New Delhi: The income-tax department’s search-and-survey operation has unearthed a money-laundering scheme involving transactions in the Mumbai, Delhi and Kolkata stock exchanges during the last two years.
The operation has found the purchase receipts to be backdated by over a year in order to avoid paying short-term capital gains tax of 10%. Long-term capital gains on shares were exempted from tax from 2004-05, which seems to have been the reason behind using this route for converting black money into white.
For the first time, the department has revealed that the value of such tax-evading transactions is at least Rs300 crore. “This is a conservative estimate. The figure is expected to be in excess of Rs500 crore,” a finance ministry official, who did not wish to be identified, said.
The amount of tax evasion in such transactions will be ascertained only when the assessment proceedings are completed sometime during the calender year and the appellate proceedings are finalized, officials said.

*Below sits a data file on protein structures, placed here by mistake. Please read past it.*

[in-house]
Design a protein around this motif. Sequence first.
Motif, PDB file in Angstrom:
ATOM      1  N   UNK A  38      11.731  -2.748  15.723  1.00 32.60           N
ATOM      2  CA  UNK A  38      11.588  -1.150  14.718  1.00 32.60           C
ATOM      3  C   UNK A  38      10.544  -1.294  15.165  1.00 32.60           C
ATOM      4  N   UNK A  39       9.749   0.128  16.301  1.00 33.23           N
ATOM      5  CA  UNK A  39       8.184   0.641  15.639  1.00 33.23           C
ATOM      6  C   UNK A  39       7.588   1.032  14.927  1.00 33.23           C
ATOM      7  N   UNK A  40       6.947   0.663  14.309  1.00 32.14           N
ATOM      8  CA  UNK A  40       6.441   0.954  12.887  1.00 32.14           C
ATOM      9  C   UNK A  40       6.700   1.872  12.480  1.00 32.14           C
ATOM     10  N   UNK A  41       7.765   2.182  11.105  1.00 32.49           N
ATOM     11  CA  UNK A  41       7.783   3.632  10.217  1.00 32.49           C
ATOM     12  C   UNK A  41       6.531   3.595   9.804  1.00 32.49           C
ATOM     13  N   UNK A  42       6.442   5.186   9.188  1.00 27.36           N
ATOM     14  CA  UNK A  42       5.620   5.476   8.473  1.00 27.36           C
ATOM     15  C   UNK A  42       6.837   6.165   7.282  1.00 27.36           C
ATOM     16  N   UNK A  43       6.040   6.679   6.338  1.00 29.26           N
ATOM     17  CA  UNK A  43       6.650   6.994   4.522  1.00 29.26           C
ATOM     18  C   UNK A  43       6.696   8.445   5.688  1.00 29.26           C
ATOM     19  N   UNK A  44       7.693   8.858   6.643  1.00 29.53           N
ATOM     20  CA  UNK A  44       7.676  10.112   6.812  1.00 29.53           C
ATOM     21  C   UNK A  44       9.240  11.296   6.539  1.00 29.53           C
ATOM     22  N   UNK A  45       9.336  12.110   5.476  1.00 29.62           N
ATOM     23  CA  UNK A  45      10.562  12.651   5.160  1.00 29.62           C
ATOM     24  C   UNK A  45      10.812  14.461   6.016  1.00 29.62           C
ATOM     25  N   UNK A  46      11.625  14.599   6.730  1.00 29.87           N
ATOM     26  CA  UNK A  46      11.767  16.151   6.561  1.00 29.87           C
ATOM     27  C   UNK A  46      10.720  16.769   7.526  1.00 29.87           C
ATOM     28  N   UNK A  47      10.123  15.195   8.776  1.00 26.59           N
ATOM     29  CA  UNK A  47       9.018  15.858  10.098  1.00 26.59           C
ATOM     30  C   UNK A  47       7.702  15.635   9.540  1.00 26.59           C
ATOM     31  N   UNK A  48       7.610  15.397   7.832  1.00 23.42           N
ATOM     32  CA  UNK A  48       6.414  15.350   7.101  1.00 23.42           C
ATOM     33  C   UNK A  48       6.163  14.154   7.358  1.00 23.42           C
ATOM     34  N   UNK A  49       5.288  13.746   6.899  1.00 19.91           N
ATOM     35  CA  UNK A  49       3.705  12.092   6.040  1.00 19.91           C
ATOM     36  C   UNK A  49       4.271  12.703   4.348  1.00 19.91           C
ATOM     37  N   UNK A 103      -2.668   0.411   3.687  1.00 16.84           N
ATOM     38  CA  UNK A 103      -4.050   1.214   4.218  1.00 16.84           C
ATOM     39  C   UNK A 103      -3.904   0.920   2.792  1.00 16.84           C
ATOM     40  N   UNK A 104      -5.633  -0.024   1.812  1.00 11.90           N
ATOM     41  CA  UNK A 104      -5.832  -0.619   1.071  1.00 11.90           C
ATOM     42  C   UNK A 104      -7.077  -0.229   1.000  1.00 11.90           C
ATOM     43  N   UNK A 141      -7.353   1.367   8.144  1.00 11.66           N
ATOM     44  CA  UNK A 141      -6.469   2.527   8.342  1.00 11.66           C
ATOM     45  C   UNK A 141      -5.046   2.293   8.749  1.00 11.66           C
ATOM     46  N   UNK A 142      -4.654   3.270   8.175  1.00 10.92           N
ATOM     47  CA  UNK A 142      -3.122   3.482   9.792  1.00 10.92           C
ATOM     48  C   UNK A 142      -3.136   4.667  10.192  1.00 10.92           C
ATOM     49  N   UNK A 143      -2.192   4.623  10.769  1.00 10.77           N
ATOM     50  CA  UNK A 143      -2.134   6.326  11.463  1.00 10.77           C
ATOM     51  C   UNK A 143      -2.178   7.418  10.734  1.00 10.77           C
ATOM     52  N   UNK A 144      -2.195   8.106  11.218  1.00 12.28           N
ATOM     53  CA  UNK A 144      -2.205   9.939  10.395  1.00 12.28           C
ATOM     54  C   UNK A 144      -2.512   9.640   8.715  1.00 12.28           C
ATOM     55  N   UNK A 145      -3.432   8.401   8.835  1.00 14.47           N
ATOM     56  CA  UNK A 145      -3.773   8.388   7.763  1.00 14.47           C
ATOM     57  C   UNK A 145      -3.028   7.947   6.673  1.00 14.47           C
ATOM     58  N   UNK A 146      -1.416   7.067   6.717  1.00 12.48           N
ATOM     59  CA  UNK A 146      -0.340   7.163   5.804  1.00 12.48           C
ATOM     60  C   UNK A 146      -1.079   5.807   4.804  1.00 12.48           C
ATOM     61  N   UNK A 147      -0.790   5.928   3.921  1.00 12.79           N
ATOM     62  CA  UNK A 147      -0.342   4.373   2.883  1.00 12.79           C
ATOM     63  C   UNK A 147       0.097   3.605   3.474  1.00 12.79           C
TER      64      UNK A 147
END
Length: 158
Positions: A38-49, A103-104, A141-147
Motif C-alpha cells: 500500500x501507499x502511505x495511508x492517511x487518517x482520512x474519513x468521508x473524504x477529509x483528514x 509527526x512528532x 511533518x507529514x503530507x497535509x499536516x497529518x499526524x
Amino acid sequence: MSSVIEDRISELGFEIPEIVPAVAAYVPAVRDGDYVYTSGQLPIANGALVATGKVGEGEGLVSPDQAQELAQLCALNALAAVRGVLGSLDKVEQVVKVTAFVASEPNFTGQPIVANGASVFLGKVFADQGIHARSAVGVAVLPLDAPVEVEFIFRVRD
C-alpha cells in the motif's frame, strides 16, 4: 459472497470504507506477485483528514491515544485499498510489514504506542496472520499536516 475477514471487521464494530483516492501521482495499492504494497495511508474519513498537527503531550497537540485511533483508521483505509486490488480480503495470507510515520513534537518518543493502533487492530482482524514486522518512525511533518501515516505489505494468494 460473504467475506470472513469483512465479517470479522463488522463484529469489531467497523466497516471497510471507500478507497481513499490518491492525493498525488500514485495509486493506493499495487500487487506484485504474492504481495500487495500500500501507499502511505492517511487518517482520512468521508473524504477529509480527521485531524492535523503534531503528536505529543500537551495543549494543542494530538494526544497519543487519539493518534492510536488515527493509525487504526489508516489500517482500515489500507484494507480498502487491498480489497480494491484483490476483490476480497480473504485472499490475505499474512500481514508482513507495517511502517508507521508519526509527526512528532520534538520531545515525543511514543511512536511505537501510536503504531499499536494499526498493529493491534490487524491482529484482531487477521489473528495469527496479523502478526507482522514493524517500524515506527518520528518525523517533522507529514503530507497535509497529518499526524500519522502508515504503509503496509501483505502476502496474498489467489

They added that the extent of the involvement of brokers and the stock exchanges would be also known after the completion of the assessment proceedings.
According to officials, the modus operandi of the people, who have claimed such longterm capital gains, was to purchase physical shares, mainly of penny stocks (thinly traded shares), along with backdated bogus purchase bills, which showed that the shares had been purchased at very low prices.
The prices of these shares were then artificially raised through circular transactions of sale and purchase of these shares—financed through black money.
These shares were then dematted and sold on the stock exchange platform at a peak, with the beneficiaries booking fictitious long-term capital gains.
An internal committee set up by the revenue department on black money, had in December 2004 warned the department about the need to finetune the capital gains tax regime in securities.
The committee has pointed out that several investment companies, listed at stock exchanges such as Kolkata were using their black money to trade in shares and earn longterm capital gains.